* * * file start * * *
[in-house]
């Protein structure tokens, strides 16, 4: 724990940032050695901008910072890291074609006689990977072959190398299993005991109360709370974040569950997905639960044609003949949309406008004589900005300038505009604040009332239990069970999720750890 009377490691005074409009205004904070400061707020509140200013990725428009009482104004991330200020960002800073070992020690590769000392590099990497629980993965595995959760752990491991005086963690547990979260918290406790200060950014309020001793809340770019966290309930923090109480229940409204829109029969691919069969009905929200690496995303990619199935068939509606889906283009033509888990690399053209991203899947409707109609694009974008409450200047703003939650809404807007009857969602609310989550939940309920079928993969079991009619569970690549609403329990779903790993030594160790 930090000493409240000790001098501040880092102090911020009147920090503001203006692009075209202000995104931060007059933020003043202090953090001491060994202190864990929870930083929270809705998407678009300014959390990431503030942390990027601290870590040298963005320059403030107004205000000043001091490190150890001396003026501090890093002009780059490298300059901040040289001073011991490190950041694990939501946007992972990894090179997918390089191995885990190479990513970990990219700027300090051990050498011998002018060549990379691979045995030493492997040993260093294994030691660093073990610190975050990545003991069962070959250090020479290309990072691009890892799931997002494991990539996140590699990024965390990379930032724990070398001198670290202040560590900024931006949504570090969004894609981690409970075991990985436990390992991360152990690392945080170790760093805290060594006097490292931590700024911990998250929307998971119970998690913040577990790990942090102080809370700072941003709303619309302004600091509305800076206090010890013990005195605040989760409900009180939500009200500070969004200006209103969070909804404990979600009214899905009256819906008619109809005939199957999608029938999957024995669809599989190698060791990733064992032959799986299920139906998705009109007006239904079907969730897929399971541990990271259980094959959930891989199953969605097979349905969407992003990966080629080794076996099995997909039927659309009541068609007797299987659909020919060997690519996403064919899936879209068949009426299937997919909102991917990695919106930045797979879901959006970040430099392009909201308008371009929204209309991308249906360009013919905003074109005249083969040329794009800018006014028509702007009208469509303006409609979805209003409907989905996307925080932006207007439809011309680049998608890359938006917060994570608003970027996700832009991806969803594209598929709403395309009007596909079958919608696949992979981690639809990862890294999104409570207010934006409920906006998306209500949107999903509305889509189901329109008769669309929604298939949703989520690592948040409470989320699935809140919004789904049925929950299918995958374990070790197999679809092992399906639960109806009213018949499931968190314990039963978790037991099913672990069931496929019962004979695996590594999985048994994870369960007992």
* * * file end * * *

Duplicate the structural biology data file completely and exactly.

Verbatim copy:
[in-house]
């Protein structure tokens, strides 16, 4: 724990940032050695901008910072890291074609006689990977072959190398299993005991109360709370974040569950997905639960044609003949949309406008004589900005300038505009604040009332239990069970999720750890 009377490691005074409009205004904070400061707020509140200013990725428009009482104004991330200020960002800073070992020690590769000392590099990497629980993965595995959760752990491991005086963690547990979260918290406790200060950014309020001793809340770019966290309930923090109480229940409204829109029969691919069969009905929200690496995303990619199935068939509606889906283009033509888990690399053209991203899947409707109609694009974008409450200047703003939650809404807007009857969602609310989550939940309920079928993969079991009619569970690549609403329990779903790993030594160790 930090000493409240000790001098501040880092102090911020009147920090503001203006692009075209202000995104931060007059933020003043202090953090001491060994202190864990929870930083929270809705998407678009300014959390990431503030942390990027601290870590040298963005320059403030107004205000000043001091490190150890001396003026501090890093002009780059490298300059901040040289001073011991490190950041694990939501946007992972990894090179997918390089191995885990190479990513970990990219700027300090051990050498011998002018060549990379691979045995030493492997040993260093294994030691660093073990610190975050990545003991069962070959250090020479290309990072691009890892799931997002494991990539996140590699990024965390990379930032724990070398001198670290202040560590900024931006949504570090969004894609981690409970075991990985436990390992991360152990690392945080170790760093805290060594006097490292931590700024911990998250929307998971119970998690913040577990790990942090102080809370700072941003709303619309302004600091509305800076206090010890013990005195605040989760409900009180939500009200500070969004200006209103969070909804404990979600009214899905009256819906008619109809005939199957999608029938999957024995669809599989190698060791990733064992032959799986299920139906998705009109007006239904079907969730897929399971541990990271259980094959959930891989199953969605097979349905969407992003990966080629080794076996099995997909039927659309009541068609007797299987659909020919060997690519996403064919899936879209068949009426299937997919909102991917990695919106930045797979879901959006970040430099392009909201308008371009929204209309991308249906360009013919905003074109005249083969040329794009800018006014028509702007009208469509303006409609979805209003409907989905996307925080932006207007439809011309680049998608890359938006917060994570608003970027996700832009991806969803594209598929709403395309009007596909079958919608696949992979981690639809990862890294999104409570207010934006409920906006998306209500949107999903509305889509189901329109008769669309929604298939949703989520690592948040409470989320699935809140919004789904049925929950299918995958374990070790197999679809092992399906639960109806009213018949499931968190314990039963978790037991099913672990069931496929019962004979695996590594999985048994994870369960007992």